No Turning Back for The Next Asia
By Stephen S. Roach Not surprisingly, Minxin Pei has hit the nail right on the head: It’s easy to make the case for Asia’s structural transformation from an export- to a consumer-led economy. But will Asia actually step up and do it? This question goes right to the core of my macro soul. I will ...
By Stephen S. Roach
Not surprisingly, Minxin Pei has hit the nail right on the head: It’s easy to make the case for Asia’s structural transformation from an export- to a consumer-led economy. But will Asia actually step up and do it?
This question goes right to the core of my macro soul. I will confess that I am guilty of being an idealist. For most of my career, I have practiced what I would call disequilibrium macro — focusing on the destabilizing tensions that arise when economies have moved far from the tranquility of equilibrium. As such, I have tended to frame macro-analytic arguments and market calls from the standpoint of what should happen to relieve those tensions. That, of course, can often stand in sharp contrast to what actually will happen. As Blake Hounshell correctly observes, from time to time, this propensity has brought me to be “early” in several of my macro prognostications. And yes, I concede, that may also be the case with The Next Asia.
My fascination with Asia rests on a very optimistic conclusion: One of its greatest strengths lies in its practicality. As Clyde Prestowitz notes, that doesn’t necessarily make me an optimist or a pessimist — but hopefully something closer to a realist. Asia is pragmatic out of necessity. The pervasive and serious poverty that has long plagued the region really leaves it with no other choice. Asian economic development strategies have long been focused on alleviating this critical condition. The imperatives of social and political stability underscore the dark side of failure.
With that key premise in mind, I believe strongly that this crisis — and the Great Recession it has spawned — is Asia’s wake-up call. If the region’s export-led economies stick with the old way, growth will be much harder to come by in a post-crisis climate characterized by a much slower pace of consumption growth in a U.S.-centric developed world. The resulting shortfall would fail to absorb Asia’s surplus labor — leading to mounting unemployment and the heightened risk of social instability.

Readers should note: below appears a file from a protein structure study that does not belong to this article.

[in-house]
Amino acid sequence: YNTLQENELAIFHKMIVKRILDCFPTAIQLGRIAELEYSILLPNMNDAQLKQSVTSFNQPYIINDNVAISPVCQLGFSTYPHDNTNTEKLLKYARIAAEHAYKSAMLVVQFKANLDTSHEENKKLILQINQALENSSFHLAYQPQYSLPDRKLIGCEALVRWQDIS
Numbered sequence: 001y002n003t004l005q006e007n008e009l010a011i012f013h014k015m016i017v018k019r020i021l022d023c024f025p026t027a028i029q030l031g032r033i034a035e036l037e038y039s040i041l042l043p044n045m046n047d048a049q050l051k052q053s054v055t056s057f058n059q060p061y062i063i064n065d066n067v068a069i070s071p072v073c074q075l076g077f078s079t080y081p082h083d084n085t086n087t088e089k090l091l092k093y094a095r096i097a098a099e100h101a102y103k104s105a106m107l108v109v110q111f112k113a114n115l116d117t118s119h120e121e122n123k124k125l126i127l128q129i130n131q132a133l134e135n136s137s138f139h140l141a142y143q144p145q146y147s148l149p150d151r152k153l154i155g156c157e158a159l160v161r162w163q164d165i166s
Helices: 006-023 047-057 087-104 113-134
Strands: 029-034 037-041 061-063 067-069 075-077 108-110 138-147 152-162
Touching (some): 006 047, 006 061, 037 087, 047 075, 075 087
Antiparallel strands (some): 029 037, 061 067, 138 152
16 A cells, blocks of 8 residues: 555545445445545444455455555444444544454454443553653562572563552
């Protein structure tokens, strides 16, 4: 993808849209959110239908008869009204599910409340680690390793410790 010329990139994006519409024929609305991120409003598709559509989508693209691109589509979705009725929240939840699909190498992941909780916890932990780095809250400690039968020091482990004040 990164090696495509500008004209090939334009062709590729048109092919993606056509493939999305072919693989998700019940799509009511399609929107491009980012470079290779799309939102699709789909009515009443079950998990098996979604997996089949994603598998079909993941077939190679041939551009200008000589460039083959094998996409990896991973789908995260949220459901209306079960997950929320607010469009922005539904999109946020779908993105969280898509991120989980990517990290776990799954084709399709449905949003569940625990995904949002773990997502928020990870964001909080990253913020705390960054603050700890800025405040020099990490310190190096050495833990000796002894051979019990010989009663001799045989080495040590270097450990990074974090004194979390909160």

This would be an especially problematic outcome for China. Whenever I get stuck on a Chinese macro issue, I always go back to two key words — “social stability.” They are, in many respects, the Holy Grail of the Chinese growth miracle. I remain absolutely convinced that China’s leadership would do everything in its power to avoid destabilizing the social fabric of the nation’s vast population. In that vein, a weak external demand climate poses a serious threat to the employment underpinnings of China’s export-led growth model. The shift to internal demand is really Beijing’s only option. It’s just a question of when, underscoring yet another occasion when I could well be early on a macro call.
Experience tells us that the New Asia responds well to crises. That was certainly the case in the aftermath of the wrenching pan-regional crisis of the late 1990s. That crisis was a devastating blow to most in the region — China and India, of course, being important exceptions. It tore the fabric of what had been dubbed the “East Asian Growth Miracle” just a few years earlier by the World Bank. In the years immediately after that earlier crisis, Asia moved aggressively to convert current account deficits into surpluses, reduce its exposure to short-term capital inflows, and build up its reservoir of foreign exchange reserves. These steps served the region well when the global crisis of 2008-2009 hit — especially the “self insurance” that was provided by now massive portfolios of currency reserves.
Of course, the next crisis is never like the last one. For Asia, that is very much in the case in the present climate. The pan-regional currency and banking crisis of 1997-1998 has been followed by a massive external demand shock that strikes right at the heart of the region’s greatest structural vulnerability — over-reliance on exports and external demand. That underscores the obvious and urgent imperative: If Asia’s external source of growth is drying up then it must uncover a new source of growth. Moreover, if it resists that shift, then it risks the protectionist pushback from the West that, as Ben Simpfendorfer notes, has long been a key feature of my Asia risk scenario.
This is where Asian pragmatism should come into play. Just as the region responded well to the wrenching pressures of a decade ago, I am convinced it will do the same this time as well. In the end, it really doesn’t have any choice. Be patient Minxin, the Next Asia could end up bearing fruit sooner than you think!
ED Jones/AFP/Getty Images
Stephen Roach is a Senior Fellow at Yale University’s Jackson Institute of Global Affairs and a Senior Lecturer at Yale’s School of Management. Twitter: @SRoach_econ
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